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Yawkey Way is no more

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Today the City of Boston approved the plan to change the name of Yawkey Way, the street outside Fenway Park named in honor of the former Red Sox owner, Tom Yawkey.  The proposal passed unanimously, and the raodway will revert to being called Jersey Street, which it was originally called before being changed in 1977 after Yawkey’s death.

The team filed a petition with the commission in February to change the name as part of a mission to “reinforce that Fenway Park is inclusive and welcoming to all.” As we noted when the proposal was first made, having the name Yawkey on it contradicted that mission, given Yawkey’s track record as team owner. He famously refused to promote black players from the minor leagues during the 1950’s despite exceptional performance and the Red Sox became the last major league team to integrate in 1959 when Pumpsie Green was added to the roster. Jackie Robinson, who broke the color barrier in 1947, called Yawkey “one of the most bigoted guys in baseball,” and there is considerable historical material which supports that claim.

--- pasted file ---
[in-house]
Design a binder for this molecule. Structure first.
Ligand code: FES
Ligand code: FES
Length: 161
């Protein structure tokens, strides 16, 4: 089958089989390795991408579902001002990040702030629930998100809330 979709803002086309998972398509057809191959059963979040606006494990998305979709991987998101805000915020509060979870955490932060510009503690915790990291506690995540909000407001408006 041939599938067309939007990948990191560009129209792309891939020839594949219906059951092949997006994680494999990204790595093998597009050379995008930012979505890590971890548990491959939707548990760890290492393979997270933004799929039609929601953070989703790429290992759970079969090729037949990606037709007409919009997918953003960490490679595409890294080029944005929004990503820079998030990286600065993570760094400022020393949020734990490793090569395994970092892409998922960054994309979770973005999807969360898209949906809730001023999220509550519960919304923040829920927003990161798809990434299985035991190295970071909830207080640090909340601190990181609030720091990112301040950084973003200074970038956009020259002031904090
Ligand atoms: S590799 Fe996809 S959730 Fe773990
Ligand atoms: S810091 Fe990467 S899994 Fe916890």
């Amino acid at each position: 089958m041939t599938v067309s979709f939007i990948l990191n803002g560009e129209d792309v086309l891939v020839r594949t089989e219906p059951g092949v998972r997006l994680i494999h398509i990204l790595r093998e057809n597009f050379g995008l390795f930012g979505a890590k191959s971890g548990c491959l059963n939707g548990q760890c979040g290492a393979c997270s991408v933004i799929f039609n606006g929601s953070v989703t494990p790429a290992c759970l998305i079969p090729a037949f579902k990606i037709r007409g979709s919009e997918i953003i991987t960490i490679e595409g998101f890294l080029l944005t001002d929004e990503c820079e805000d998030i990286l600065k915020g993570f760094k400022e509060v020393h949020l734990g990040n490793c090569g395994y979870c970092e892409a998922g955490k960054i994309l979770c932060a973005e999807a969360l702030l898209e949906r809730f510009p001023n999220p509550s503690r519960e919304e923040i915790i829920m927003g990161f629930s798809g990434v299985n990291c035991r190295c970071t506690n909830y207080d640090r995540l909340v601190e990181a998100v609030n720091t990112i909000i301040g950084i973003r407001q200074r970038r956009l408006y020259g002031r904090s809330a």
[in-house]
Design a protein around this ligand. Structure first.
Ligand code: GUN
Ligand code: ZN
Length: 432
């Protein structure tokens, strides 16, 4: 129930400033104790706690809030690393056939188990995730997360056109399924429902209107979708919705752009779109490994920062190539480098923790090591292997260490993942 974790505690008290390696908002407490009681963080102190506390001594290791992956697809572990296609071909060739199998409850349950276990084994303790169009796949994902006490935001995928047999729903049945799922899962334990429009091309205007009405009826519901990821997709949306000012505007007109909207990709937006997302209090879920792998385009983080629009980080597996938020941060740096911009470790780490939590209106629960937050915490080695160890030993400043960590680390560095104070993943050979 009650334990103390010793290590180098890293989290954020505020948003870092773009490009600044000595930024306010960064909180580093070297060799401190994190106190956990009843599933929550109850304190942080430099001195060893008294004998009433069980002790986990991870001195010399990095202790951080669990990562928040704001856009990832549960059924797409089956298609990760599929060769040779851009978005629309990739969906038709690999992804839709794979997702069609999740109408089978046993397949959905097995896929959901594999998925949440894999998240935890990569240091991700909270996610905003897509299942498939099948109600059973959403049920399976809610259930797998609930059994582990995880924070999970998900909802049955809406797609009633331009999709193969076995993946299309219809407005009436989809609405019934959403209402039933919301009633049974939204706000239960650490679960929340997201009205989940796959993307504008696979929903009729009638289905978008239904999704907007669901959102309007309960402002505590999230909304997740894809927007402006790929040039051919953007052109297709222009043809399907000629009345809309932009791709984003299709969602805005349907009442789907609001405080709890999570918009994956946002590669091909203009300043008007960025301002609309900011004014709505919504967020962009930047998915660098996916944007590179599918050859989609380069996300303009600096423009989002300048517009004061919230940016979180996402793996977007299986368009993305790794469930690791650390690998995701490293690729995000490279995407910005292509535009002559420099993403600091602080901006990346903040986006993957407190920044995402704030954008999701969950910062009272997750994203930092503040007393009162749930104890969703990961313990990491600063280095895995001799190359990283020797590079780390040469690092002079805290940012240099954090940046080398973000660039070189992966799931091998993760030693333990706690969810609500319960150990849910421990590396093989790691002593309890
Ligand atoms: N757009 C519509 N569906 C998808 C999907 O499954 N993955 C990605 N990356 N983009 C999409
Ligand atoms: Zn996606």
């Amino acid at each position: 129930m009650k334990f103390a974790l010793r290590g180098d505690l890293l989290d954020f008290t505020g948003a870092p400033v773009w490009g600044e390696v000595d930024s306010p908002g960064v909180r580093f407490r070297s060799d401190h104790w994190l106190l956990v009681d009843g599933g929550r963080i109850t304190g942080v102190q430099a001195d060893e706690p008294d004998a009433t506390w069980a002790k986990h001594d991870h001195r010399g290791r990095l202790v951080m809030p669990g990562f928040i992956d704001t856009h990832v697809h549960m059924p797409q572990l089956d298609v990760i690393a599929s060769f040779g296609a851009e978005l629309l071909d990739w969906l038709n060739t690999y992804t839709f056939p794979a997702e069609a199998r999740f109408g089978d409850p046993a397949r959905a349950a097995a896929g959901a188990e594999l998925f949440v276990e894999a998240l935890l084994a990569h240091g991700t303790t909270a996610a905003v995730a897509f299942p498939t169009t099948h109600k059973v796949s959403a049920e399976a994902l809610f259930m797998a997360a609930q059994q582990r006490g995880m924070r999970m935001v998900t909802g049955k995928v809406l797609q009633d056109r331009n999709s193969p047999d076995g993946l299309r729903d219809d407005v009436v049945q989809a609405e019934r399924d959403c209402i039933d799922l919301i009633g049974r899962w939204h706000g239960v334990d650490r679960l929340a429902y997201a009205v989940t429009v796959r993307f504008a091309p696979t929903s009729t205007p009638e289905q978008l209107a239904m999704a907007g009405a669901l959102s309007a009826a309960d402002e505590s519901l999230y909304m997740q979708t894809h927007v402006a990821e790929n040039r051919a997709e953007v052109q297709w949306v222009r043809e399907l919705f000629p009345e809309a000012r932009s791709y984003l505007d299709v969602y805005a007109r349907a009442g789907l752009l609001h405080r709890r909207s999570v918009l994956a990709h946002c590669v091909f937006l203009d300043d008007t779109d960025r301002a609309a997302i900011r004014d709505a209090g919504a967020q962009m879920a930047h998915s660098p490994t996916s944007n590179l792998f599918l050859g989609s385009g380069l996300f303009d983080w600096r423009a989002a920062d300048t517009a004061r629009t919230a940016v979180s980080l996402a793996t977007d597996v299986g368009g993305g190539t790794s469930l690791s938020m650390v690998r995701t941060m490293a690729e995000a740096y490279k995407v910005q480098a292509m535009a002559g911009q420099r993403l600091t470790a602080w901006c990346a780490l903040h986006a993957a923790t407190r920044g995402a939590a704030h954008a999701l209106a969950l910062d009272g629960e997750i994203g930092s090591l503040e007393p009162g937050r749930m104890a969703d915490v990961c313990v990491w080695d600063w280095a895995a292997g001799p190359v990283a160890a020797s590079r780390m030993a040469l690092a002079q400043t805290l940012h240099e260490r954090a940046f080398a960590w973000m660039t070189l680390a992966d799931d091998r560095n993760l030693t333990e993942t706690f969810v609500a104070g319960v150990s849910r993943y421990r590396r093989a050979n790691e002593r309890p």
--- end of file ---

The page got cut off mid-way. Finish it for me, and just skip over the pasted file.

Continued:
The city renamed a stretch of the road David Ortiz Drive last summer in honor of the retired Red Sox designated hitter. Now the whole thing has a new appellation.

Brewers have 3 positive COVID tests at alternate site

Jeff Hanisch-USA TODAY Sports
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MILWAUKEE — The Brewers had two players and a staff member test positive for the coronavirus at their alternate training site in Appleton, Wisconsin.

Milwaukee president of baseball operations David Stearns confirmed the positive results Saturday and said they shouldn’t impact the major league team. Teams are using alternate training sites this season to keep reserve players sharp because the minor league season was canceled due to the pandemic.

Stearns said the positive tests came Monday and did not name the two players or the staff member. Players must give their permission for their names to be revealed after positive tests.

The entire camp was placed in quarantine.

“We have gone through contact tracing,” Stearns said. “We do not believe it will have any impact at all on our major league team. We’ve been fortunate to get through this season relatively unscathed in this area. Unfortunately, we weren’t able to get all the way there at our alternate site.”

Milwaukee entered Saturday one game behind the Reds and Cardinals for second place in the NL Central, with the top two teams qualifying for the postseason.

The Brewers still will be able to take taxi squad players with them on the team’s trip to Cincinnati and St. Louis in the final week of the season. He said those players have had repeated negative tests and the team is “confident” there would be no possible spread of the virus.

“Because of the nature of who these individuals were, it’s really not going to affect the quarantine group at all,” Stearns said. “We’re very fortunate that the group of players who could potentially be on a postseason roster for us aren’t interacting all that much with the individuals that tested positive.”